Full Text Available Currently, the practice of Crop-Livestock Integration is stimulated as a way of increasing the generation of foreign exchange for Brazil. Integrated systems improve land use efficiency as well as preserve, recover and increment or soil fertility. The aim of this research was to evaluate how different doses of nitrogen fertilization can affect production and quality of dual purpose wheat submitted to grazing. The experimental designed was randomized block with five treatments (0, 75, 150, 225 and 300 Kg N ha-1, like ammonium nitrate and four repetitions. The forage yield, the percentage crude protein (P=.0001 and acid detergent insoluble protein (P=.0054 had a linear increased because of the nitrogen addition doses. The crude protein percentage changed the estimate of all soluble carbohydrates (P=.0001 and non-fibrous carbohydrates (P=.0186, but did not influence the, nitrogen detergent fiber corrected with ash and proteins percentage contributing for content cell. The crops production (P=.0001 and the number of kernels per ear (P=.0001 showed significantly difference because of the nitrogen additions dose, increasing the number of fertile flowers. The nitrogen topdressing alters forage production, the chemical composition and the production of dual purpose wheat grains subjected to grazing.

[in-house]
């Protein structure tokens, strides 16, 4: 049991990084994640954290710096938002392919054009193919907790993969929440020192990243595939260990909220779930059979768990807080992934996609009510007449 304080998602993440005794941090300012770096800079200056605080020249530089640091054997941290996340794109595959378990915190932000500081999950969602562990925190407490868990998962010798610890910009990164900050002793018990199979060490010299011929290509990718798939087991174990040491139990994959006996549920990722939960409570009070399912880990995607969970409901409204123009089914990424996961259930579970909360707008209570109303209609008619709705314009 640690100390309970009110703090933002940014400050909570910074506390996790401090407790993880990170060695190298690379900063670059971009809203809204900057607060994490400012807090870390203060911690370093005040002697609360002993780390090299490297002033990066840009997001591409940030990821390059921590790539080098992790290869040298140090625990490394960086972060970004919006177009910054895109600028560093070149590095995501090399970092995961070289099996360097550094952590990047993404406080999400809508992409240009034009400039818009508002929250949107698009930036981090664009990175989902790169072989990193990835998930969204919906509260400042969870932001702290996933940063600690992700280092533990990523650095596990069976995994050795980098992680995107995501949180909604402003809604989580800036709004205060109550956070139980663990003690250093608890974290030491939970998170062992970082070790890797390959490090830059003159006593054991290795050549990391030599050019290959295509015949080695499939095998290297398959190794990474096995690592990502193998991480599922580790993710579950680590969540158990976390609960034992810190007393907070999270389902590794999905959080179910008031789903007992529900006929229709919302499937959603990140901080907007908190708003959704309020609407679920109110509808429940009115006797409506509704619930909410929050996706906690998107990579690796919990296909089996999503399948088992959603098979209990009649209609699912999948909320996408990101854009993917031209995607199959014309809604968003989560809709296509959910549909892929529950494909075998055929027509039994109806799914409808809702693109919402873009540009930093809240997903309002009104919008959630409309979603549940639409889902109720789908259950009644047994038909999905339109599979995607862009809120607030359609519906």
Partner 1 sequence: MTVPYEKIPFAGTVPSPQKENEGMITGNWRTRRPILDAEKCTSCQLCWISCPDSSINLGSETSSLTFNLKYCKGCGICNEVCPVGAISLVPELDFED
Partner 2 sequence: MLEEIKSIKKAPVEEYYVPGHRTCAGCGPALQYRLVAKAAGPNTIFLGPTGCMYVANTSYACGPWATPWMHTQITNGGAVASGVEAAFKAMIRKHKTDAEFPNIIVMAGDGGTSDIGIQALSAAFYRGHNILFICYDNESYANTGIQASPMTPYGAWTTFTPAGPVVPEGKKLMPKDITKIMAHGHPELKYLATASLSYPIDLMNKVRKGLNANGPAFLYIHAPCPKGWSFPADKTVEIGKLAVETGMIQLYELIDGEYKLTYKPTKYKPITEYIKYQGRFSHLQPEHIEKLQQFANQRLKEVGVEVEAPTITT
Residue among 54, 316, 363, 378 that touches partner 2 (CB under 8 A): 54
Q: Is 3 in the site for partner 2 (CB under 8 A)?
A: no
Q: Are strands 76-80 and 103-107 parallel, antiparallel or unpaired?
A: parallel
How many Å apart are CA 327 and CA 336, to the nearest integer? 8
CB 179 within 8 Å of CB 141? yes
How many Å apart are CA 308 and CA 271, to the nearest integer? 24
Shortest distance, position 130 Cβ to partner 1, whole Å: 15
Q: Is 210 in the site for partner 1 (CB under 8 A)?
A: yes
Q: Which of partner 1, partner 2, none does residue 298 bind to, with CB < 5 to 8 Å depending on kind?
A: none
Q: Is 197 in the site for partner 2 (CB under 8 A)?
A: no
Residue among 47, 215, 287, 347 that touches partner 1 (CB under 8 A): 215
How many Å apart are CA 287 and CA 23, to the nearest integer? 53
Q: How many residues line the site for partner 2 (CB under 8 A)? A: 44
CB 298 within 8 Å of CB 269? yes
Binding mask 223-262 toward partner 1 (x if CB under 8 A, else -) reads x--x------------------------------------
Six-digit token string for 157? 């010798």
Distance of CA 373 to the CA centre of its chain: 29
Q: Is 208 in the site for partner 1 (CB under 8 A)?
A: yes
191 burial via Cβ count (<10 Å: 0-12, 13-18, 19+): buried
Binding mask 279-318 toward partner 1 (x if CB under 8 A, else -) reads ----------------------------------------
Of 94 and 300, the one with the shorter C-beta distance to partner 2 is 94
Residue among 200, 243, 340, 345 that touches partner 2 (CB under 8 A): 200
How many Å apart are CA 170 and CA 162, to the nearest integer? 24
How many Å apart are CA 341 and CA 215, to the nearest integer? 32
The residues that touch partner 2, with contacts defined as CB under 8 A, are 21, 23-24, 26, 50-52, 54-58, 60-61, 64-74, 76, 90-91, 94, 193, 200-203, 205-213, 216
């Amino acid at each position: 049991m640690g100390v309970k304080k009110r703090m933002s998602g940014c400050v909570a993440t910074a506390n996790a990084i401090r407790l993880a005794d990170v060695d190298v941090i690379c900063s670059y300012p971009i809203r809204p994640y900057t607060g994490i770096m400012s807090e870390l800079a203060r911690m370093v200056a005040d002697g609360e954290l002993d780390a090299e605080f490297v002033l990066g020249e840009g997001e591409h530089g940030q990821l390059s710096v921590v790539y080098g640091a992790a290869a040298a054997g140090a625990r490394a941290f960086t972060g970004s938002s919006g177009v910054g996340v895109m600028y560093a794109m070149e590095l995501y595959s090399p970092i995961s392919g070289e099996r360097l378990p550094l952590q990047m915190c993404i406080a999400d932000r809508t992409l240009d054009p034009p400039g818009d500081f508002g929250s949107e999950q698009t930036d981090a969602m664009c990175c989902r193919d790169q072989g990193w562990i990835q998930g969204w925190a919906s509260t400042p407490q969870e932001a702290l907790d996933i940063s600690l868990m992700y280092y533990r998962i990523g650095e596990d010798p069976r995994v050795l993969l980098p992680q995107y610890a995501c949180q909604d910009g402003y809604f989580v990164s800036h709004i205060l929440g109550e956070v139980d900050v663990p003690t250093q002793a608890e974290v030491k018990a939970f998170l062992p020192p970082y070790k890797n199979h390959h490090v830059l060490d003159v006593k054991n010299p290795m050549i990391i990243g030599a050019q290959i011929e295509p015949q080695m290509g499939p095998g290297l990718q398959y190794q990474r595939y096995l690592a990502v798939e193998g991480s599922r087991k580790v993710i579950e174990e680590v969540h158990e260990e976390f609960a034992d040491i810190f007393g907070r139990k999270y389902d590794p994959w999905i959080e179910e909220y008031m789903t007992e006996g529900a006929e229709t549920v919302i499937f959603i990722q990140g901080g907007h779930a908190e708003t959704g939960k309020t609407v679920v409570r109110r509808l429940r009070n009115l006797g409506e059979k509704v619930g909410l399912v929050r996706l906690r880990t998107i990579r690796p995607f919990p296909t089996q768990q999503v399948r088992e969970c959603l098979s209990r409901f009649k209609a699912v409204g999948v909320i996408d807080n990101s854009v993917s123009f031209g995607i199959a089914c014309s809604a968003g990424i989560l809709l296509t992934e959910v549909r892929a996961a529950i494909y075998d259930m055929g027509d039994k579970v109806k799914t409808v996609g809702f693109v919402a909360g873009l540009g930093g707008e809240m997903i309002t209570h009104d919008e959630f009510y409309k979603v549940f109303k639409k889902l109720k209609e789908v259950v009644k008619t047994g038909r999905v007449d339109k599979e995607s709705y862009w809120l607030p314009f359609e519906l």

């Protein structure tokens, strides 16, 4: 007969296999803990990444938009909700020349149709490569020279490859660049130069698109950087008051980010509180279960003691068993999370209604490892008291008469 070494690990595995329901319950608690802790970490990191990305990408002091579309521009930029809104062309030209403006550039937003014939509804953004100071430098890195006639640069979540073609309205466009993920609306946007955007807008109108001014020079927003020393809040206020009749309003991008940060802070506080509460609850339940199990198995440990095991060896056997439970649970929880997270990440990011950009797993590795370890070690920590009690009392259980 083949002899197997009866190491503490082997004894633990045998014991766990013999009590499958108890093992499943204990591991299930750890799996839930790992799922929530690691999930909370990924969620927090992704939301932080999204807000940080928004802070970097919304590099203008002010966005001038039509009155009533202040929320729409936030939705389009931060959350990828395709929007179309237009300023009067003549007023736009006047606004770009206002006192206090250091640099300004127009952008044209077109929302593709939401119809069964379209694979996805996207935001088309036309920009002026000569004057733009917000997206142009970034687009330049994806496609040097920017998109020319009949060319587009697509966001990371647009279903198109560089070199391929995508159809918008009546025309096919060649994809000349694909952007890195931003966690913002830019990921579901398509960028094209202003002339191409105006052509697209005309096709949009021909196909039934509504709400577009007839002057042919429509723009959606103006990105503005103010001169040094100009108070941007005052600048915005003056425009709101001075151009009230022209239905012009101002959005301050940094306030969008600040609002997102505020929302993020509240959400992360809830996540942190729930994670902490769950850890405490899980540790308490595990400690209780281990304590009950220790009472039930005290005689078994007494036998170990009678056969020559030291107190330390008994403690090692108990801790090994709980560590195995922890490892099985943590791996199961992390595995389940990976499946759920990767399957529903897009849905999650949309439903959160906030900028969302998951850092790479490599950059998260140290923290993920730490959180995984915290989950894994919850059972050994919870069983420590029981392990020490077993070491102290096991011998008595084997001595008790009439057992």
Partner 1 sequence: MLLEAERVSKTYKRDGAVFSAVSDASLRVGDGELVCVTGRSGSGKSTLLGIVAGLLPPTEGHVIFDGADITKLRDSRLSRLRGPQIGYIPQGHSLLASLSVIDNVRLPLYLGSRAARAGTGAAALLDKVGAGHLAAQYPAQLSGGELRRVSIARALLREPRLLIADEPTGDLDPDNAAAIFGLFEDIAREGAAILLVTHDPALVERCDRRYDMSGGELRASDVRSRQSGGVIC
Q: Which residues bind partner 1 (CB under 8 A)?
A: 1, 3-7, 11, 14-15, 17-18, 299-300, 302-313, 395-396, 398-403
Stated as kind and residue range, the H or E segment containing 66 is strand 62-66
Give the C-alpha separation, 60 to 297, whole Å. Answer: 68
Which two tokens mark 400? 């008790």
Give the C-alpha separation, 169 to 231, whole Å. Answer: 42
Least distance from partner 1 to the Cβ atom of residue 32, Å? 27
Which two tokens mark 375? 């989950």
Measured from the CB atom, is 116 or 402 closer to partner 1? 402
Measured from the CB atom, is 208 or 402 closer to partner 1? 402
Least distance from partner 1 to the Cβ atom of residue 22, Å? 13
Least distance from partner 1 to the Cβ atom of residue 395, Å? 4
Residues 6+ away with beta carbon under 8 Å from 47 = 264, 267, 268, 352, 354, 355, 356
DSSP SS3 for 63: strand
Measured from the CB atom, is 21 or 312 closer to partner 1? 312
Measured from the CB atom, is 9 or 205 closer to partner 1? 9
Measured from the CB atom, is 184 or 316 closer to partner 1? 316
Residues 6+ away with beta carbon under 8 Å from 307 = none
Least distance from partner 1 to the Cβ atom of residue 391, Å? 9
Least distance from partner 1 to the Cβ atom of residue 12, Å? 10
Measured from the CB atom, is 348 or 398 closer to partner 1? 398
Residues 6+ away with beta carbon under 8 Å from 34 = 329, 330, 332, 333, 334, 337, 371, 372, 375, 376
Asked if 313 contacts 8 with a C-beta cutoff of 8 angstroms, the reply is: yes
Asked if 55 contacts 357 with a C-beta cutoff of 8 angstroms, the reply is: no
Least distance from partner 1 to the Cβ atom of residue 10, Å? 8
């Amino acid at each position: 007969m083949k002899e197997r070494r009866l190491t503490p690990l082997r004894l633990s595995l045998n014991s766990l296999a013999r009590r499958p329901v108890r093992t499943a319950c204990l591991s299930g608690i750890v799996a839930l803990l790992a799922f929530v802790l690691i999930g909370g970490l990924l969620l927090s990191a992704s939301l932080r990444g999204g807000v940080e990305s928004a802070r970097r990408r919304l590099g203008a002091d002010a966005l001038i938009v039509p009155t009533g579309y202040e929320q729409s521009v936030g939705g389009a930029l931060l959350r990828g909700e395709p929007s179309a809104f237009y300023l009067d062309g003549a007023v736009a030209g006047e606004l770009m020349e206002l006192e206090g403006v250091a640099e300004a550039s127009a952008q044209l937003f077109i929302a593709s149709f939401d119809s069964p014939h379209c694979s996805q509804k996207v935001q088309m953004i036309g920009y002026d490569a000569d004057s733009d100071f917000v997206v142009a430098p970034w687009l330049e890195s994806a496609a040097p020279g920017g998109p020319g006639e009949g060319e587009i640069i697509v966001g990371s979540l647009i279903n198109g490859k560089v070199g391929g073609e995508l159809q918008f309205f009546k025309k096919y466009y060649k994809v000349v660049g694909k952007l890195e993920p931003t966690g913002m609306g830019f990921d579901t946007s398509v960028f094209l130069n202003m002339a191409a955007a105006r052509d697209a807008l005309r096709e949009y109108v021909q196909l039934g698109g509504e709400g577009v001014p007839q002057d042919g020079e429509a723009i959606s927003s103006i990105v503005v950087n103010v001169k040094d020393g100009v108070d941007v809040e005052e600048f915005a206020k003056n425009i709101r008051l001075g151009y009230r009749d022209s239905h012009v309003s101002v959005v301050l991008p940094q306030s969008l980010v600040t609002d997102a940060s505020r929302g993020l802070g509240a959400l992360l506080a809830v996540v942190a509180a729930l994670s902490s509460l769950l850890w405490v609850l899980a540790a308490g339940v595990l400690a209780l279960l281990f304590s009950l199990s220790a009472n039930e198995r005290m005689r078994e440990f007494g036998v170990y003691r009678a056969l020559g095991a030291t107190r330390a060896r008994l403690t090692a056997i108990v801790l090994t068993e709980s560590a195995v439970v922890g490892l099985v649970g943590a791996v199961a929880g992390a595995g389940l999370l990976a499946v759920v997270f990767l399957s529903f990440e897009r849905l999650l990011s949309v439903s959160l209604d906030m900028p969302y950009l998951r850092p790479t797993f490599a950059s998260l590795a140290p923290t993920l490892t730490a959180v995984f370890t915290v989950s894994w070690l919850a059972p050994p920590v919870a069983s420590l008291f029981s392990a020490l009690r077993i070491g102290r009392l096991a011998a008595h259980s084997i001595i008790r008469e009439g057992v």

20. Visualization of channels connecting cells in filamentous nitrogen-fixing cyanobacteria.

    Science.gov (United States)

    Omairi-Nasser, Amin; Haselkorn, Robert; Austin, Jotham

    2014-07-01

    Cyanobacteria, formerly called blue-green algae, are abundant bacteria that carry out green plant photosynthesis, fixing CO2 and generating O2. Many species can also fix N2 when reduced nitrogen sources are scarce. Many studies imply the existence of intracellular communicating channels in filamentous cyanobacteria, in particular, the nitrogen-fixing species. In a species such as Anabaena, growth in nitrogen-depleted medium, in which ∼10% of the cells differentiate into anaerobic factories for nitrogen fixation (heterocysts), requires the transport of amino acids from heterocysts to vegetative cells, and reciprocally, the transport of sugar from vegetative cells to heterocysts. Convincing physical evidence for such channels has been slim. Using improved preservation of structure by high-pressure rapid freezing of samples for electron microscopy, coupled with high-resolution 3D tomography, it has been possible to visualize and measure the dimensions of channels that breach the peptidoglycan between vegetative cells and between heterocysts and vegetative cells. The channels appear to be straight tubes, 21 nm long and 14 nm in diameter for the latter and 12 nm long and 12 nm in diameter for the former.-Omairi-Nasser, A., Haselkorn, R., Austin, J. II. Visualization of channels connecting cells in filamentous nitrogen-fixing cyanobacteria. © FASEB.